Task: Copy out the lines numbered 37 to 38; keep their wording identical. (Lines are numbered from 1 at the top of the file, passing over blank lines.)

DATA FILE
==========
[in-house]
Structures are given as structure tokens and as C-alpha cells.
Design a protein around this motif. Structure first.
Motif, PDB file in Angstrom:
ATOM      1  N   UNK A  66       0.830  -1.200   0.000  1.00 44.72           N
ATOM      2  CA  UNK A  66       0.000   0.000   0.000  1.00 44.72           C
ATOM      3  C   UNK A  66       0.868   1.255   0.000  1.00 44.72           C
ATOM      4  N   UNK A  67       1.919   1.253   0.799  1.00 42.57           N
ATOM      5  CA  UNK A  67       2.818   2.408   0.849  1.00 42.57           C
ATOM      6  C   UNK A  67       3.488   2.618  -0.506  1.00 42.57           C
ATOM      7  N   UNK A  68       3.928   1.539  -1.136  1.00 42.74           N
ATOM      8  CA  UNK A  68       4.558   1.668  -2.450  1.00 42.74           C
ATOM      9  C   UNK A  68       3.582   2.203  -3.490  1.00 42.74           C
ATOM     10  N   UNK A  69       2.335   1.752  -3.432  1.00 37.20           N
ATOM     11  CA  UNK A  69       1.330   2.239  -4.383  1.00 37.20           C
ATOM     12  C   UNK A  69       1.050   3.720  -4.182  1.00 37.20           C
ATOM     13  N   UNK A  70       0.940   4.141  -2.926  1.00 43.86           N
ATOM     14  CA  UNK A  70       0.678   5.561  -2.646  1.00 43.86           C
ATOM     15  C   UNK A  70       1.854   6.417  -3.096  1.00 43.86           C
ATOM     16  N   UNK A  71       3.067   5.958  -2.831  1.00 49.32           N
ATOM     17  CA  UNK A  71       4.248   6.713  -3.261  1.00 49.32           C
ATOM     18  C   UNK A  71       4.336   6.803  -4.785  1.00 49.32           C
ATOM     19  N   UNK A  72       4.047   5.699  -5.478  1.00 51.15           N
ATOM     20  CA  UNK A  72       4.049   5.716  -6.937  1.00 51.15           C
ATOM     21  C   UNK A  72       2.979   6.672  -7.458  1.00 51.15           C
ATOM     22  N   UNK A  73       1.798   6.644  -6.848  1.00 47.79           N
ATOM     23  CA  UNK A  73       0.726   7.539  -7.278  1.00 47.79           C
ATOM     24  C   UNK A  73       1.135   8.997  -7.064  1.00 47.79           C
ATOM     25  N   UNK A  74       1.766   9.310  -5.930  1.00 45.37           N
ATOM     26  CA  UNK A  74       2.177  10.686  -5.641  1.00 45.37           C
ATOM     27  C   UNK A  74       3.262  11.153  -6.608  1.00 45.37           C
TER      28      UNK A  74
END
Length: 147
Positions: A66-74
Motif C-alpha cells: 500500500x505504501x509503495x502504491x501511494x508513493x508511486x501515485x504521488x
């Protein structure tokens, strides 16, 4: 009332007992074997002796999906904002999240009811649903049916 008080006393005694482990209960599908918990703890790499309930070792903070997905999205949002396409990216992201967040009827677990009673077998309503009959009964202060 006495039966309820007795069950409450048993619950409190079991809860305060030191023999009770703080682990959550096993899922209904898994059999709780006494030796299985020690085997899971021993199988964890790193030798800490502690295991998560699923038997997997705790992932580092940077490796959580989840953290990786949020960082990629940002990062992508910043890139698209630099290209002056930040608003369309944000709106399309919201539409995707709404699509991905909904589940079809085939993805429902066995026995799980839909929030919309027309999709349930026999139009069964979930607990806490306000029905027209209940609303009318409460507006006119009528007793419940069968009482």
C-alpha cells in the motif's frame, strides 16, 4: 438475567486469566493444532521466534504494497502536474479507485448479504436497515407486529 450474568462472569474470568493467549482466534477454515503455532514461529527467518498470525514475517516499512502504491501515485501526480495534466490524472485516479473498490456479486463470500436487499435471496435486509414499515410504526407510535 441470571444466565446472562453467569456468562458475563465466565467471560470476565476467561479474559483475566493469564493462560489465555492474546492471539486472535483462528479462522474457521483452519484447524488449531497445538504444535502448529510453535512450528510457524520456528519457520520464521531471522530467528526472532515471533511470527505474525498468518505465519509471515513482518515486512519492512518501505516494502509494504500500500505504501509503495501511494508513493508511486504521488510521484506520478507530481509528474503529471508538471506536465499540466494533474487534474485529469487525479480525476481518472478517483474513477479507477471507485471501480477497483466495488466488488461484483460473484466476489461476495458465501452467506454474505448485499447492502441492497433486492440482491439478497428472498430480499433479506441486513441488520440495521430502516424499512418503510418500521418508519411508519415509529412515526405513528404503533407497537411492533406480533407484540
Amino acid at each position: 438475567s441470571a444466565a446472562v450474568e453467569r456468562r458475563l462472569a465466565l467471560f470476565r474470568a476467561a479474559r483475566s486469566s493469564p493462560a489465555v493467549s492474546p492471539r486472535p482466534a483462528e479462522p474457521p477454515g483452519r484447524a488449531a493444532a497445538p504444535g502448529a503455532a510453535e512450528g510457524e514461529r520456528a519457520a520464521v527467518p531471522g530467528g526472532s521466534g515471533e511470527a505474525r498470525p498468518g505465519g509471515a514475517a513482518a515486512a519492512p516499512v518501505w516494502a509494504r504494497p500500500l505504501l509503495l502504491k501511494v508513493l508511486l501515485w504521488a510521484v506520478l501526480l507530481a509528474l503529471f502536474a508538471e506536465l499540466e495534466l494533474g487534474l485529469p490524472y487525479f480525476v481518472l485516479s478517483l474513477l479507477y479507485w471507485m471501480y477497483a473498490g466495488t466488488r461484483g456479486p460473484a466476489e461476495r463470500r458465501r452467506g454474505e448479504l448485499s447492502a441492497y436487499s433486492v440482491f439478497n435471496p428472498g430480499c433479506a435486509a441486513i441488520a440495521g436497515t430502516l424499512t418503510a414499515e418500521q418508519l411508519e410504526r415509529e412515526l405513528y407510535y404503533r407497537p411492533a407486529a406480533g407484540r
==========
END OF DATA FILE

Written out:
């Protein structure tokens, strides 16, 4: 009332007992074997002796999906904002999240009811649903049916 008080006393005694482990209960599908918990703890790499309930070792903070997905999205949002396409990216992201967040009827677990009673077998309503009959009964202060 006495039966309820007795069950409450048993619950409190079991809860305060030191023999009770703080682990959550096993899922209904898994059999709780006494030796299985020690085997899971021993199988964890790193030798800490502690295991998560699923038997997997705790992932580092940077490796959580989840953290990786949020960082990629940002990062992508910043890139698209630099290209002056930040608003369309944000709106399309919201539409995707709404699509991905909904589940079809085939993805429902066995026995799980839909929030919309027309999709349930026999139009069964979930607990806490306000029905027209209940609303009318409460507006006119009528007793419940069968009482």
C-alpha cells in the motif's frame, strides 16, 4: 438475567486469566493444532521466534504494497502536474479507485448479504436497515407486529 450474568462472569474470568493467549482466534477454515503455532514461529527467518498470525514475517516499512502504491501515485501526480495534466490524472485516479473498490456479486463470500436487499435471496435486509414499515410504526407510535 441470571444466565446472562453467569456468562458475563465466565467471560470476565476467561479474559483475566493469564493462560489465555492474546492471539486472535483462528479462522474457521483452519484447524488449531497445538504444535502448529510453535512450528510457524520456528519457520520464521531471522530467528526472532515471533511470527505474525498468518505465519509471515513482518515486512519492512518501505516494502509494504500500500505504501509503495501511494508513493508511486504521488510521484506520478507530481509528474503529471508538471506536465499540466494533474487534474485529469487525479480525476481518472478517483474513477479507477471507485471501480477497483466495488466488488461484483460473484466476489461476495458465501452467506454474505448485499447492502441492497433486492440482491439478497428472498430480499433479506441486513441488520440495521430502516424499512418503510418500521418508519411508519415509529412515526405513528404503533407497537411492533406480533407484540